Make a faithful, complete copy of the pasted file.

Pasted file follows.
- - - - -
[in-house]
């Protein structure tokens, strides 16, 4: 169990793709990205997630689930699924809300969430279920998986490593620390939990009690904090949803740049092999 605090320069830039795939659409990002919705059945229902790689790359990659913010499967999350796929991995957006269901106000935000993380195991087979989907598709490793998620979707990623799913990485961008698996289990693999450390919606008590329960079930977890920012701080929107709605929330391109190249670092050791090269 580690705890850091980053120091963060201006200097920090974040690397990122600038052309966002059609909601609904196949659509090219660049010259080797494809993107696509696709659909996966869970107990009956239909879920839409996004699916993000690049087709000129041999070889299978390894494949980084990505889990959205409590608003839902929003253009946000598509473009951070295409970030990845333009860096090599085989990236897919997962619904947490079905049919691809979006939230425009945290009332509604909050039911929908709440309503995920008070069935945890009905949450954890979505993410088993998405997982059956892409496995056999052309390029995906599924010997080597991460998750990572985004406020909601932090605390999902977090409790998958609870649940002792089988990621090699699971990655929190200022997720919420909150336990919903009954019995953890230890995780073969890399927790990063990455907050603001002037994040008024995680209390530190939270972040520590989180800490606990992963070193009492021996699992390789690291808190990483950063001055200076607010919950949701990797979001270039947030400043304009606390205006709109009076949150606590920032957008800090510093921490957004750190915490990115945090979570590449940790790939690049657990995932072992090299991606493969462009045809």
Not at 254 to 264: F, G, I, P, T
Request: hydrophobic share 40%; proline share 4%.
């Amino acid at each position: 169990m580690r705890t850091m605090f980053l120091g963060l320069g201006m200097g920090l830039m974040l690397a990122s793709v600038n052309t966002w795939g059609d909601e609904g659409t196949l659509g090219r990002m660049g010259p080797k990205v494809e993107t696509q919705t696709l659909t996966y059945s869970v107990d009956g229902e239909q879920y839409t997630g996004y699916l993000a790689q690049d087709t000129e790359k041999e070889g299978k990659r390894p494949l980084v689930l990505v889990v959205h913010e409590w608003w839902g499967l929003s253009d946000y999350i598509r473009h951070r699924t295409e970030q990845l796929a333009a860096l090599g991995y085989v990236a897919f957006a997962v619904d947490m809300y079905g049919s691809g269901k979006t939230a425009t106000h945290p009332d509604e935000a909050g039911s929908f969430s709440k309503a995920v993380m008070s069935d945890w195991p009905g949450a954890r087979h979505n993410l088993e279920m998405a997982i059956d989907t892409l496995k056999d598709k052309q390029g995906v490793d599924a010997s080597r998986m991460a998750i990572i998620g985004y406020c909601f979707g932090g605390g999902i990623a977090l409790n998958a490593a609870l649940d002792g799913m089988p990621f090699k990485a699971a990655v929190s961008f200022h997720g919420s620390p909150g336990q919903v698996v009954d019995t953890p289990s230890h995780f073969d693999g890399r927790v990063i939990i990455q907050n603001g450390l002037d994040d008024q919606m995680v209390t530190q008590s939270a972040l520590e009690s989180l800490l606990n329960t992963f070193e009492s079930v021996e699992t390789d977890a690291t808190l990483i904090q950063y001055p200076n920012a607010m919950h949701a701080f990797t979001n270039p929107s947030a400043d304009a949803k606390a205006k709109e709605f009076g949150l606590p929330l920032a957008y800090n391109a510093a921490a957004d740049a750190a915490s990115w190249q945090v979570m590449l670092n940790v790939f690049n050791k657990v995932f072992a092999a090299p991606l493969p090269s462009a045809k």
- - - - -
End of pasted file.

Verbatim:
[in-house]
């Protein structure tokens, strides 16, 4: 169990793709990205997630689930699924809300969430279920998986490593620390939990009690904090949803740049092999 605090320069830039795939659409990002919705059945229902790689790359990659913010499967999350796929991995957006269901106000935000993380195991087979989907598709490793998620979707990623799913990485961008698996289990693999450390919606008590329960079930977890920012701080929107709605929330391109190249670092050791090269 580690705890850091980053120091963060201006200097920090974040690397990122600038052309966002059609909601609904196949659509090219660049010259080797494809993107696509696709659909996966869970107990009956239909879920839409996004699916993000690049087709000129041999070889299978390894494949980084990505889990959205409590608003839902929003253009946000598509473009951070295409970030990845333009860096090599085989990236897919997962619904947490079905049919691809979006939230425009945290009332509604909050039911929908709440309503995920008070069935945890009905949450954890979505993410088993998405997982059956892409496995056999052309390029995906599924010997080597991460998750990572985004406020909601932090605390999902977090409790998958609870649940002792089988990621090699699971990655929190200022997720919420909150336990919903009954019995953890230890995780073969890399927790990063990455907050603001002037994040008024995680209390530190939270972040520590989180800490606990992963070193009492021996699992390789690291808190990483950063001055200076607010919950949701990797979001270039947030400043304009606390205006709109009076949150606590920032957008800090510093921490957004750190915490990115945090979570590449940790790939690049657990995932072992090299991606493969462009045809």
Not at 254 to 264: F, G, I, P, T
Request: hydrophobic share 40%; proline share 4%.
């Amino acid at each position: 169990m580690r705890t850091m605090f980053l120091g963060l320069g201006m200097g920090l830039m974040l690397a990122s793709v600038n052309t966002w795939g059609d909601e609904g659409t196949l659509g090219r990002m660049g010259p080797k990205v494809e993107t696509q919705t696709l659909t996966y059945s869970v107990d009956g229902e239909q879920y839409t997630g996004y699916l993000a790689q690049d087709t000129e790359k041999e070889g299978k990659r390894p494949l980084v689930l990505v889990v959205h913010e409590w608003w839902g499967l929003s253009d946000y999350i598509r473009h951070r699924t295409e970030q990845l796929a333009a860096l090599g991995y085989v990236a897919f957006a997962v619904d947490m809300y079905g049919s691809g269901k979006t939230a425009t106000h945290p009332d509604e935000a909050g039911s929908f969430s709440k309503a995920v993380m008070s069935d945890w195991p009905g949450a954890r087979h979505n993410l088993e279920m998405a997982i059956d989907t892409l496995k056999d598709k052309q390029g995906v490793d599924a010997s080597r998986m991460a998750i990572i998620g985004y406020c909601f979707g932090g605390g999902i990623a977090l409790n998958a490593a609870l649940d002792g799913m089988p990621f090699k990485a699971a990655v929190s961008f200022h997720g919420s620390p909150g336990q919903v698996v009954d019995t953890p289990s230890h995780f073969d693999g890399r927790v990063i939990i990455q907050n603001g450390l002037d994040d008024q919606m995680v209390t530190q008590s939270a972040l520590e009690s989180l800490l606990n329960t992963f070193e009492s079930v021996e699992t390789d977890a690291t808190l990483i904090q950063y001055p200076n920012a607010m919950h949701a701080f990797t979001n270039p929107s947030a400043d304009a949803k606390a205006k709109e709605f009076g949150l606590p929330l920032a957008y800090n391109a510093a921490a957004d740049a750190a915490s990115w190249q945090v979570m590449l670092n940790v790939f690049n050791k657990v995932f072992a092999a090299p991606l493969p090269s462009a045809k």